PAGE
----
There are several examples of companies that delivered culturally inappropriate content to their international customers due to poor translation efforts. The Swedish furniture company IKEA experienced this first hand when it attempted to break into the Thai market. Poor localization of its product names resulted in one of its items being labelled as the Thai equivalent of “getting to third base”. Coors experienced a similar issue when trying to localize its “Turn it loose” slogan to Spanish markets. In their case, the result was a slogan that translated to a slang term for diarrhoea.
The point is that relying on automation to localize content without direct involvement from a localization team can lead to misunderstandings and poor translations. When selling a product, these issues could make your organization a laughing stock. Similarly, poor translation in your training solutions may mean that employees do not learn the information they need to do their jobs.
Reason No. 4 – Compliance With Regulations
In 2012, the Canadian online clothing retailer Anthropologie decided that it wanted to expand its business into the predominantly French-speaking province of Quebec. The company failed to dedicate enough resources to content localisation before its new website launch.
The result was that authorities in Quebec shut the website down because it failed to meet the province’s language-based regulations. Anthropologie was then forced to divert users in Quebec to its physical store in Montreal.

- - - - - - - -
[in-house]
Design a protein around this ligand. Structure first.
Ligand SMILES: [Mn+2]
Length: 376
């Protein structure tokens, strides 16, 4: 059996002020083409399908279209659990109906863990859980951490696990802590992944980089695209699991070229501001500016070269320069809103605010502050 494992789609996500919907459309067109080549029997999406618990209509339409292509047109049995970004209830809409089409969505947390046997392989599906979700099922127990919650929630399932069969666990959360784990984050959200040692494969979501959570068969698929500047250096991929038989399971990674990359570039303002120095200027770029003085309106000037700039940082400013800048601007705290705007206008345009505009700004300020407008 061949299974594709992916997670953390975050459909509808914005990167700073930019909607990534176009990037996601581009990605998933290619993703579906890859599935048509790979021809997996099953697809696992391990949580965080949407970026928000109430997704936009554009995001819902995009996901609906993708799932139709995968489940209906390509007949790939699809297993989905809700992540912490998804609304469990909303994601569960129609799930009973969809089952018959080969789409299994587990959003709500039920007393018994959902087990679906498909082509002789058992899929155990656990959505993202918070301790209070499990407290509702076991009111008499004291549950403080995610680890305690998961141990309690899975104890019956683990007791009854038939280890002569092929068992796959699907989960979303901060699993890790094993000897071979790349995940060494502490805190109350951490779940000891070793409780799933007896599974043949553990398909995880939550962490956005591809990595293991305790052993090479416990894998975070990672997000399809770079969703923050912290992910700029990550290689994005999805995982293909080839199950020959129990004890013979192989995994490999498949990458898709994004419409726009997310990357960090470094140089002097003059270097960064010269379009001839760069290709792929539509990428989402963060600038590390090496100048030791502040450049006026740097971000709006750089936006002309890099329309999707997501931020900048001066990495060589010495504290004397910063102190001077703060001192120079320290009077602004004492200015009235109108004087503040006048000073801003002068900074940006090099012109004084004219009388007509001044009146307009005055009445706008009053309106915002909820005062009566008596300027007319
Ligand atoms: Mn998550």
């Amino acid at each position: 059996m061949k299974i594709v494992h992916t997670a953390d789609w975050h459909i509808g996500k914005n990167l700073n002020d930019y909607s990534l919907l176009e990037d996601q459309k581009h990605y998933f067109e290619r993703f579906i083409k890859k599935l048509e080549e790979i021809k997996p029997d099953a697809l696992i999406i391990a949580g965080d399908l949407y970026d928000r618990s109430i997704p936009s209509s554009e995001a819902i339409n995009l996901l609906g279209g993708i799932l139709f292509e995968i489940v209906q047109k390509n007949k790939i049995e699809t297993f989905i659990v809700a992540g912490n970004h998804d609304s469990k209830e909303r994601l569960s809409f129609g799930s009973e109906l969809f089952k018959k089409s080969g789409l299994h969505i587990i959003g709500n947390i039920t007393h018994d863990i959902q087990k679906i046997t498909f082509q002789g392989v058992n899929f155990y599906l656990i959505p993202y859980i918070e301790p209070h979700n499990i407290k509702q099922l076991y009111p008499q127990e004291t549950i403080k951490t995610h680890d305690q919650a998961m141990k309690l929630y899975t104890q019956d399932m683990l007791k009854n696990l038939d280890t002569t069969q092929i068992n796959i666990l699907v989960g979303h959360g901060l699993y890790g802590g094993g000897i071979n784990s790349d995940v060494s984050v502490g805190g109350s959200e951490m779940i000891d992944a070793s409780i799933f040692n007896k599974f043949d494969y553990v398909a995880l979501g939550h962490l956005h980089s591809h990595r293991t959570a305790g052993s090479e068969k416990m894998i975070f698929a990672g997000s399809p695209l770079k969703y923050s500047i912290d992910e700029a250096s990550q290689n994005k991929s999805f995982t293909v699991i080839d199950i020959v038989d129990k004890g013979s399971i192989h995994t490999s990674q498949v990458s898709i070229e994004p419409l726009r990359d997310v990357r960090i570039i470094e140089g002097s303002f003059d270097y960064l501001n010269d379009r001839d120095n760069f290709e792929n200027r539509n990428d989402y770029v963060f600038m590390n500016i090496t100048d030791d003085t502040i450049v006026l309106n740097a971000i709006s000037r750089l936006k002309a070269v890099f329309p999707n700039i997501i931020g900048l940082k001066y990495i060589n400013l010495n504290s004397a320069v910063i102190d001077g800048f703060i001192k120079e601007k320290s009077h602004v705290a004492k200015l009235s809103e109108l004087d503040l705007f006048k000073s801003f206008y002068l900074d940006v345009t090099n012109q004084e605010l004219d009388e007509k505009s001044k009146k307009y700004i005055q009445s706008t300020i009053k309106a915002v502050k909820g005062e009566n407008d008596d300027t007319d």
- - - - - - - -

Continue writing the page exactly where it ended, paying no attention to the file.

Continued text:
This story demonstrates that many countries, provinces, and regions have regulations in place for websites and e-learning portals. If you fail to translate your website’s content effectively, your site may get closed down. With high-quality content localisation, you avoid these types of regulatory issues.
Reason No. 5 – Increased Website Traffic
In 2015, online marketing expert Neil Patel decided to translate his website into 82 different languages. The result was a 47% increase in website traffic for neilpatel.com.
More traffic to a website means more opportunities to make sales because you’re attracting a larger audience. By including content localisation in your website’s content strategy, you broaden your consumer base, which can lead to higher engagement and more sales.
Reason No. 6 – Consistent Training Materials
By focusing on content localisation, you also ensure that all of the training materials presented to your people are consistent with what your organization requires from them. A lack of consistency, which may occur if you rely on third-party organizations to deliver separate training, could lead to your people misunderstanding their roles. It could even lead to failure to maintain compliance in more sensitive industries.
You maintain control of your training program through localisation.
Speak in Their Language
By expecting your website and digital learning platform users to adapt to a non-native language, you reduce the effectiveness of your content. The simple fact is that people prefer to read content in their native languages, with this preference translating to direct benefits for your business.
With content localisation, the website traffic and engagement increase, leading to more sales. You also ensure your platforms comply with local regulations, in addition to avoiding the cultural issues that can arise from both poor translations and the user’s inability to properly understand the content presented.
This need for localization applies to your online training solutions as much as it applies to the consumer-facing side of your organization. By translating training materials, you also achieve an increase in engagement that leads to improved employee performance in your international divisions.